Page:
[This may not be fair.  But just once, humor me. Back to regular stuff tomorrow.]

Here are some photos of art work taken from exhibit catalogues for two recent shows in a city that is a major international center for the arts.  Can you guess where these works were exhibited?

(1) London
(2) Paris
(3) New York
(4) Rome
(5) Berlin

And can you also guess the artist(s)?

Answer(s) at the bottom of the post. I wish I knew how to turn the answers upside down to make them harder to read, but I don’t.  So no cheating until you’ve at least tried to guess.








Ah yes, the answers.  All these were shown in (3) New York.

 And the artists?  This you probably guessed.  It is art only a mommy (or daddy, or grandma, or grandpa) could love. The first seven were done in kindergarten last year by my grandson, when he was six.  The bottom two were done in her third and final year of nursery school by his sister, my granddaughter, when she  was five.  They were all exhibited, at the children’s respective schools.  [Not because they were so unusual but because the schools are so expensive, and the parents who pay must see what they’re getting for their money.]  There were also two exhibit catalogues, beautifully bound in robin’s egg blue as hard-cover books — one showing what he had done, the other what she had done.  I suspect, however, that these were bought and paid for by the doting parents and were not freebies from the schools.

But why this post?  Because the “art” looked so very impressive in these two beautifully bound books — one piece displayed per expensive glossy white page. It made me wonder, “If these were properly framed and presented in an upscale gallery with elegant white walls, would they pass for “real” cutting-edge art?”  “Presented” being the key word.   These days, I often think presentation is becoming all.  Or nearly all.

But I probably missed the mark here.  My presentation just wasn’t good enough to fool you. [You may recall that “Insert media” was always my blogger Achilles heel.]  I did ask you to humor me. Remember?  Up there at the top, where you came in?

Alternatively, I might now be able to salvage this guessing game by entering into a discussion of the spontaneity and consequent aesthetic value of children’s art.  (Big words always come in handy when you find yourself in trouble.)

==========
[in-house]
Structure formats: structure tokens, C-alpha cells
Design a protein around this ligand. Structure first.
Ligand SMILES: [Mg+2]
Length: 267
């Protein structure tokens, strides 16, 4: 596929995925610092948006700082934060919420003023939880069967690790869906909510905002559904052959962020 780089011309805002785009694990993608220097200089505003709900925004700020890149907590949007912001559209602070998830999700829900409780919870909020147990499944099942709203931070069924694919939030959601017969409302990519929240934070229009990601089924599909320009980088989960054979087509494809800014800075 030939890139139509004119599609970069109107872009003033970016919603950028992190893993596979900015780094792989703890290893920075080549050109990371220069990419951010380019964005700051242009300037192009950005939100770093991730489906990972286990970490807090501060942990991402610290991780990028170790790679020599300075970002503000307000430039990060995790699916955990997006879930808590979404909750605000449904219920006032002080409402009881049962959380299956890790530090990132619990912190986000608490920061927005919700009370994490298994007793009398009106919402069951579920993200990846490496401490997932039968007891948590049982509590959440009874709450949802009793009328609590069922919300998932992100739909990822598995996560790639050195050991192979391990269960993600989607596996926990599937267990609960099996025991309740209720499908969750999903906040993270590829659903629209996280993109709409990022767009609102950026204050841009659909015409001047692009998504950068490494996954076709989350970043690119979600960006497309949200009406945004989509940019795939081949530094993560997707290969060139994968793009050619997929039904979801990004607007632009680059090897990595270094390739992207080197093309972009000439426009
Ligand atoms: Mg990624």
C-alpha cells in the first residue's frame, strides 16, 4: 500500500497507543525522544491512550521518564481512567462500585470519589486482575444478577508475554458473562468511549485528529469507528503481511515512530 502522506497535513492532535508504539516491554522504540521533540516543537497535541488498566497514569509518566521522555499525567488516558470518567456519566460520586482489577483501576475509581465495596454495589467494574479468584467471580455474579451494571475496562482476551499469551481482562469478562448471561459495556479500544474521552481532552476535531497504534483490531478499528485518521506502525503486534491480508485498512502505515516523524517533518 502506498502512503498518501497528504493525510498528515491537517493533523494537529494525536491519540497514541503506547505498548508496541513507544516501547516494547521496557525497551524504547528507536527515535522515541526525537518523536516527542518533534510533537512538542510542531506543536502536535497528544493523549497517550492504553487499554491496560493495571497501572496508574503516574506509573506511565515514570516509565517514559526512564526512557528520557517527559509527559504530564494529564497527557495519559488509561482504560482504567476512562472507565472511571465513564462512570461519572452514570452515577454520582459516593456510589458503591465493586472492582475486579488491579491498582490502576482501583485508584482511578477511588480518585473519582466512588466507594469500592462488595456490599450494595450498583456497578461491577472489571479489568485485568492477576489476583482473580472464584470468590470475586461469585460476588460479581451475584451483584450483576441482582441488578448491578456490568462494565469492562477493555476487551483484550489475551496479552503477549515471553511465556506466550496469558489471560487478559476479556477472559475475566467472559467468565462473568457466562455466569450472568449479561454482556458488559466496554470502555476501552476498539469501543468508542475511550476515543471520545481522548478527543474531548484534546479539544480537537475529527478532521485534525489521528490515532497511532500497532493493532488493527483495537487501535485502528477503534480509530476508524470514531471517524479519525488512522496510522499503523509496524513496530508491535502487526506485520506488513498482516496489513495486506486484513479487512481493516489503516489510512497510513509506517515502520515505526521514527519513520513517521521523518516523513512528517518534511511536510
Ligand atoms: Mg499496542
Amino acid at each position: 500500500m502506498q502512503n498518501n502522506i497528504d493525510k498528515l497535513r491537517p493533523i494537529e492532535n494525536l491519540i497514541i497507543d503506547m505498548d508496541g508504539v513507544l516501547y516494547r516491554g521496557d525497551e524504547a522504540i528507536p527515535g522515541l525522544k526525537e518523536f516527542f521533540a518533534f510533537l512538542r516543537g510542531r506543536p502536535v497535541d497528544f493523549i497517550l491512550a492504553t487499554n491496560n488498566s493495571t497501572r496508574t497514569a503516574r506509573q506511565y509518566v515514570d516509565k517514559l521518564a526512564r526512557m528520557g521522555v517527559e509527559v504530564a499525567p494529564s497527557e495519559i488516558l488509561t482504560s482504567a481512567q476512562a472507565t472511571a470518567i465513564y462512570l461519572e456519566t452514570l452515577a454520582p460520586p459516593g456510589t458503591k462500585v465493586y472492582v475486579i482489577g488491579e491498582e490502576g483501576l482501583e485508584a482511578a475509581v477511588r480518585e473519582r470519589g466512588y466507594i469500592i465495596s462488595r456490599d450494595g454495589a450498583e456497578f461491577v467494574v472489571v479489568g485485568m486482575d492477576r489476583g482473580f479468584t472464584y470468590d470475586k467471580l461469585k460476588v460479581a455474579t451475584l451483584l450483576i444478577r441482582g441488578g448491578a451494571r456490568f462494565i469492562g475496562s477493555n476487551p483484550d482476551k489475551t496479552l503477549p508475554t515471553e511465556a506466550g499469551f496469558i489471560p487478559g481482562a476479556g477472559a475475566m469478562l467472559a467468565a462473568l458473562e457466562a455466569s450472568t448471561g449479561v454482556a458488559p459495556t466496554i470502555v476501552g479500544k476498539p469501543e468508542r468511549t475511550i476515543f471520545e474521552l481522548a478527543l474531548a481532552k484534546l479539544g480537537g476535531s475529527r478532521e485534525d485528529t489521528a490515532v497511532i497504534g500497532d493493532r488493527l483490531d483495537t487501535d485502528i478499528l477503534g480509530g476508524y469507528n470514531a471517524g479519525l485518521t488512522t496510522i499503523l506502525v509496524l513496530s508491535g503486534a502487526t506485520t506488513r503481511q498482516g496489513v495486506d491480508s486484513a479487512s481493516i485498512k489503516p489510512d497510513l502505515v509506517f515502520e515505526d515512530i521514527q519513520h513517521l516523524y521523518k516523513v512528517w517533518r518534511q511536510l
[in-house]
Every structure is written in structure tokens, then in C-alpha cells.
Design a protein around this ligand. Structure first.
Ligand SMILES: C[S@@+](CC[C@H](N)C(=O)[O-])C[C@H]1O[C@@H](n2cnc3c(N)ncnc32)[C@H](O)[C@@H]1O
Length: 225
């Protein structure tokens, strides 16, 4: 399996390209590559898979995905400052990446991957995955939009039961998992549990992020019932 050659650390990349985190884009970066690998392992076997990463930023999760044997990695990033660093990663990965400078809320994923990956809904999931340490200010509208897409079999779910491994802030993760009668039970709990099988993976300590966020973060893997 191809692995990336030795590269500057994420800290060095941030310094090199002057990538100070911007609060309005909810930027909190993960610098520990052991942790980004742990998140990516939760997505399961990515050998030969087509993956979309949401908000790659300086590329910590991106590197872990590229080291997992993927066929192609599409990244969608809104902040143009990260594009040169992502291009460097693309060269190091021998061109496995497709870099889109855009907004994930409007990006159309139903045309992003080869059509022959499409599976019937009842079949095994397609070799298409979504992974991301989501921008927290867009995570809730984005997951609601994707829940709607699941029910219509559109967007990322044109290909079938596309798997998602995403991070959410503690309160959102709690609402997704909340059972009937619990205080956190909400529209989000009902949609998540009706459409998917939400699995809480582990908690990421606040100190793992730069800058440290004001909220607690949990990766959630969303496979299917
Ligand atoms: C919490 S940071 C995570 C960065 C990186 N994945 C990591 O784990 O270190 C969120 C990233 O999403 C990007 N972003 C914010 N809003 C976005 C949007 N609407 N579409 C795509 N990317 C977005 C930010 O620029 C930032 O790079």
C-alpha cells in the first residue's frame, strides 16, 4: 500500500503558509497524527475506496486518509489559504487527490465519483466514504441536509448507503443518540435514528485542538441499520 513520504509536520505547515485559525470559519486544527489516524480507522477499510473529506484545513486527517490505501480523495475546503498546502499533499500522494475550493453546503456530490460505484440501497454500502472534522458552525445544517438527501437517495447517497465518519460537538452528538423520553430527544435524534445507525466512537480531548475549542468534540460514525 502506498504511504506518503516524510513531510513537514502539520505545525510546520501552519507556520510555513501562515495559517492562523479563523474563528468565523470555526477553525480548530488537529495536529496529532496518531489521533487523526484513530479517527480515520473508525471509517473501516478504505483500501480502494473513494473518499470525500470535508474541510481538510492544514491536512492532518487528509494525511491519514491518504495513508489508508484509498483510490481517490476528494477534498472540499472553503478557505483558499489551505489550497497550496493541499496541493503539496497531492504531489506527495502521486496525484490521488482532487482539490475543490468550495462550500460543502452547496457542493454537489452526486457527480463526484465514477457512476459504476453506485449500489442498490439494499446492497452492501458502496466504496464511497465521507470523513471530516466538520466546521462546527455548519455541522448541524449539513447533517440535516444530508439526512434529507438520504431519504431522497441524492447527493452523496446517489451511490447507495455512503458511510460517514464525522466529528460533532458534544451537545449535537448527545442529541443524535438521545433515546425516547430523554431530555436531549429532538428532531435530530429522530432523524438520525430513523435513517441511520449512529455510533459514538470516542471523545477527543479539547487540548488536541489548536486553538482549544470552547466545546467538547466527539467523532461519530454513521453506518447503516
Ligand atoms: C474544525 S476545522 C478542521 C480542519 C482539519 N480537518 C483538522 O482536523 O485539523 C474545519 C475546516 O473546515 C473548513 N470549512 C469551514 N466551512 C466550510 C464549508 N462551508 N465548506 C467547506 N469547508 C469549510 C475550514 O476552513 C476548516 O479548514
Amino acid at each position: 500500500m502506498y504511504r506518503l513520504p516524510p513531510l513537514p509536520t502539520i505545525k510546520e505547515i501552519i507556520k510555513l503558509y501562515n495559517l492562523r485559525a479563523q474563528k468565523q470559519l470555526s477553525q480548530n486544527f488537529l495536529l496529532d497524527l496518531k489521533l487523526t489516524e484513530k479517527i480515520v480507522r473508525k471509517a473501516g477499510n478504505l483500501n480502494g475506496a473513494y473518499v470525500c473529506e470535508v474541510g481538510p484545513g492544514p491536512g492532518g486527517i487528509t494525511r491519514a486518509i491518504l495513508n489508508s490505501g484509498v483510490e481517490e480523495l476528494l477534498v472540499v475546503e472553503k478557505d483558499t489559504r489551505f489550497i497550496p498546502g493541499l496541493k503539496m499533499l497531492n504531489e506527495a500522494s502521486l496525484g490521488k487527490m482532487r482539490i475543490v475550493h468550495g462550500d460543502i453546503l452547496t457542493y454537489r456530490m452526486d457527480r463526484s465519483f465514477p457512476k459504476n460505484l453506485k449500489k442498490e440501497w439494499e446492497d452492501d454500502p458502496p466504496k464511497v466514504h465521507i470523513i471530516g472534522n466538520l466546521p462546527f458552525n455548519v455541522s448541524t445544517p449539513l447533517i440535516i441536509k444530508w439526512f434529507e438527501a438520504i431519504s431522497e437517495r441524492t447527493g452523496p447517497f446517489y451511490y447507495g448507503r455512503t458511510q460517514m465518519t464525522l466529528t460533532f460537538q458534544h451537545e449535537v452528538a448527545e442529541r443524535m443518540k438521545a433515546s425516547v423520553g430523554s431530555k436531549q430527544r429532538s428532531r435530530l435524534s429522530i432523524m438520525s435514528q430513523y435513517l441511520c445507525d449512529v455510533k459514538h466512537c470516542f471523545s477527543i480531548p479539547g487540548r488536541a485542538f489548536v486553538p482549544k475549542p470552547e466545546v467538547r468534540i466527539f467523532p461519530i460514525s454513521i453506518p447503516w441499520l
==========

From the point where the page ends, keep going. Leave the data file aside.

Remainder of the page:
That’s probably a subject for another post, though.  I’m sure I’ll be getting a lot more art work from these two “artists” before they grow up.

7 thoughts on “GUESSING GAME

  1. Very cute indeed 🙂 I personally feel that “art” (in all its forms) is so subjective. Some of the famous works are…just not quite my taste, or I may find “lesser known” works to be more interesting. As you can imagine, it’s the same with photography, too. Well, we can’t please everyone, I guess 😉 Hope my postcard arrived to you safely?


  2. I appreciate the look of these more than some of the so called art that is ‘worth’ millions. I still have a very good poem my granddaughter wrote aged 9 yrs ,she is now 25 yrs. I have a painting from my grandson aged 5 yrs ,he is now 18 yrs ,made by him putting his hands in the paint and transferring it onto the paper. He had fun and so did I watching him. Memories worth millions.


  3. I was telling Mr. T that I thought “naïf” art is art in its purest form. This is why Picasso was also highly influenced, not only by H. Rousseau, but by African Art as well, and succumbed to a primitive style as well later on during his life. Although the life and work of H. Rousseau is a phenomena occurring in the middle of post-impressionism and abstractionism, it doesn’t cease to amaze me how influential he was. And yes, I do think these paintings would indeed “pass by’ in an upscale gallery, as you say, properly framed.


    • I did read your comment on Mr. T’s blog. Thank you for all this interesting information. Although I don’t believe my grandchildren were influenced by H. Rousseau, I do appreciate your thumbs-up on the suitability of their “work” for an upscale gallery! 🙂


  4. When I attempted to complete a MFA degree, one of my professors told me that my style was actually too “naïf” for the school’s program. Your post on your grandchildren’s art brought me some memories as to how wonderful it is to have that spontaneity when producing works of art. I deliberately chose to be a “naïf” artist in spite of the school’s curriculum; which of course meant that I didn’t finish that degree.


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